• Luhmann J.D.
        • Schootman M.
        • Luhmann S.J.
        • et al.
        A randomized comparison of nitrous oxide plus hematoma block versus ketamine plus midazolam for emergency department forearm fracture reduction in children.
        Pediatrics. 2006; 118: e1078-e1086
        • O'Sullivan Í.
        • Benger J.
        Nitrous oxide in emergency medicine.
        Emerg Med J. 2003; 20: 214-217
        • Strayer R.J.
        • Motov S.M.
        • Nelson L.S.
        Something for pain: responsible opioid use in emergency medicine.
        Am J Emerg Med. 2017; 35: 337-341
        • Patanwala A.E.
        • Keim S.M.
        • Erstad B.L.
        Intravenous opioids for severe acute pain in the emergency department.
        Ann Pharmacother. 2010; 44: 1800-1809
        • Bijur P.E.
        • Kenny M.K.
        • Gallagher E.J.
        Intravenous morphine at 0.1 mg/kg is not effective for controlling severe acute pain in the majority of patients.
        Ann Emerg Med. 2005; 46: 362-367
        • Birnbaum A.
        • Esses D.
        • Bijur P.E.
        • et al.
        Randomized double-blind placebo- controlled trial of two intravenous morphine dosages (0.10 mg/kg and 0.15 mg/kg) in emergency department patients with moderate to severe acute pain.
        Ann Emerg Med. 2007; 49: 445-453
        • Patanwala A.E.
        • Edwards C.J.
        • Stolz L.
        • et al.
        Should morphine dosing be weight based for analgesia in the emergency department?.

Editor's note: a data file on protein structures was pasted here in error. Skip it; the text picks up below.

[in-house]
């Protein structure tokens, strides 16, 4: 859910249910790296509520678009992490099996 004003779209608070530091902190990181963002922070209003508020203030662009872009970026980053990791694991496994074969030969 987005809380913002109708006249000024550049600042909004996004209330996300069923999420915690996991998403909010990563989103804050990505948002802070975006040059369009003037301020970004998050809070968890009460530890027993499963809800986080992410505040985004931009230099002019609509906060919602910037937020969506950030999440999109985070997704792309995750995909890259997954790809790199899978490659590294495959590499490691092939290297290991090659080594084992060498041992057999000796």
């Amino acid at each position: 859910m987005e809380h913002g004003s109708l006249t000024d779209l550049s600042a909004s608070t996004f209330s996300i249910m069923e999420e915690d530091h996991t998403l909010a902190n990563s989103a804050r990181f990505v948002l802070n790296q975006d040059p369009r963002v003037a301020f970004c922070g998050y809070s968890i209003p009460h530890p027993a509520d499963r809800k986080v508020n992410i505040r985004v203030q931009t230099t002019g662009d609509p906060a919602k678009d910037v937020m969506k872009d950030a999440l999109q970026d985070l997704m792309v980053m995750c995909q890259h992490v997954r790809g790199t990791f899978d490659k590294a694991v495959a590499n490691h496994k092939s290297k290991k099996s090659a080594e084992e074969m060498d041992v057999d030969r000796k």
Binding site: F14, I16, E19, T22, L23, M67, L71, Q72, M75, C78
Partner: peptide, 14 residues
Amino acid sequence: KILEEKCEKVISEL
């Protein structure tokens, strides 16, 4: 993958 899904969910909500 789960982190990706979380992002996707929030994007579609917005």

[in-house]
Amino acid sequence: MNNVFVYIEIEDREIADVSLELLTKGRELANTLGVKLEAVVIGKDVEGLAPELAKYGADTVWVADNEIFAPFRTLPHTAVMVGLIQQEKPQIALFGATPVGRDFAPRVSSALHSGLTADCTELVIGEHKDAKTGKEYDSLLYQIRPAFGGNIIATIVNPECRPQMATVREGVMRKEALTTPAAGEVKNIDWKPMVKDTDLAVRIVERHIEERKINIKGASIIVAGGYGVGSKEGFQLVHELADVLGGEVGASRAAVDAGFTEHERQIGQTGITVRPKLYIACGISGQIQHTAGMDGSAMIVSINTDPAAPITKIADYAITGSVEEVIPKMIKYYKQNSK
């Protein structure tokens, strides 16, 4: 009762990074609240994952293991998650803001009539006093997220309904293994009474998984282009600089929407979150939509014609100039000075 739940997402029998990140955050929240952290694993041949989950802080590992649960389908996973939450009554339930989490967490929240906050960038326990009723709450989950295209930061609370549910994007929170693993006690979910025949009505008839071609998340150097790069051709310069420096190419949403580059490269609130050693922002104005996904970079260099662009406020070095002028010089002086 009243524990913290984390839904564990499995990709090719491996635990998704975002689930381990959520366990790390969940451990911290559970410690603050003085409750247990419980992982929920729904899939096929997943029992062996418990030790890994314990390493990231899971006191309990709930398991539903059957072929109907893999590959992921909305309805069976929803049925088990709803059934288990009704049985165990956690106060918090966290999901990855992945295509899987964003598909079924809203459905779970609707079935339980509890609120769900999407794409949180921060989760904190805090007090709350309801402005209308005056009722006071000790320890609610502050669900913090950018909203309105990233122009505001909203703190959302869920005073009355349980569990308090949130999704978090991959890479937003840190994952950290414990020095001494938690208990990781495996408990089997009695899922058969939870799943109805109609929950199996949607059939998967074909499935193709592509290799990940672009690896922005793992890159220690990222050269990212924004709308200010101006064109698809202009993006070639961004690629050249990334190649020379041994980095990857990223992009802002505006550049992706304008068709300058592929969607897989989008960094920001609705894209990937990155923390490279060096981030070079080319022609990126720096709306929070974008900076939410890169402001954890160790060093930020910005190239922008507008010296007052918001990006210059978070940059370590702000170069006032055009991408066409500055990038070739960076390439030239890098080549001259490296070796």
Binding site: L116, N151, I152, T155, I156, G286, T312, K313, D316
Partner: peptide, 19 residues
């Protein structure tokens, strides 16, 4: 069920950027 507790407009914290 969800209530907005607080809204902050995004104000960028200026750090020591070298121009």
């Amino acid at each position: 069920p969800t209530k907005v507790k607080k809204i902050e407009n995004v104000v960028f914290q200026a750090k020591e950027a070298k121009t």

J Opioid Manag. 2012; 8: 51-55
        • Lvovschi V.
        • Auburn F.
        • Bonnet P.
        • et al.
        Intravenous morphine titration to treat severe pain in the ED.
        Am J Emerg Med. 2008; 26: 676-682
        • Inturrisi C.E.
        Clinical pharmacology of opioids for pain.
        Clin J Pain. 2012; 18: S3-13
        • Chang A.K.
        • Bijur P.E.
        • Napolitano A.
        • Lupow J.
        • et al.
        Two milligrams i.v. hydromorphone is efficacious for treating pain but is associated with oxygen desaturation.
        J Opioid Manag. 2009; 5: 75-80
        • Sutter M.E.
        • Wintemute G.J.
        • Clarke S.O.
        • et al.
        The changing use of intravenous opioids in an emergency department.
        West J Emerg Med. 2015; 16: 1079-1083
        • Miner J.R.
        • Kletti C.
        • Herold M.
        • et al.
        Randomized clinical trial of nebulized fentanyl citrate versus i.v. fentanyl citrate in children presenting to the emergency department with acute pain.
        Acad Emerg Med. 2007; 14: 895-898
        • Furyk J.S.
        • Grabowski W.J.
        • Black L.H.
        Nebulized fentanyl versus intravenous morphine in children with suspected limb fractures in the emergency department: a randomized controlled trial.
        Emerg Med Australas. 2009; 21: 203-209
        • Borland M.
        • Jacobs I.
        • King B.
        • et al.
        A randomized controlled trial comparing intranasal fentanyl to intravenous morphine for managing acute pain in children in the emergency department.
        Ann Emerg Med. 2007; 49: 335-340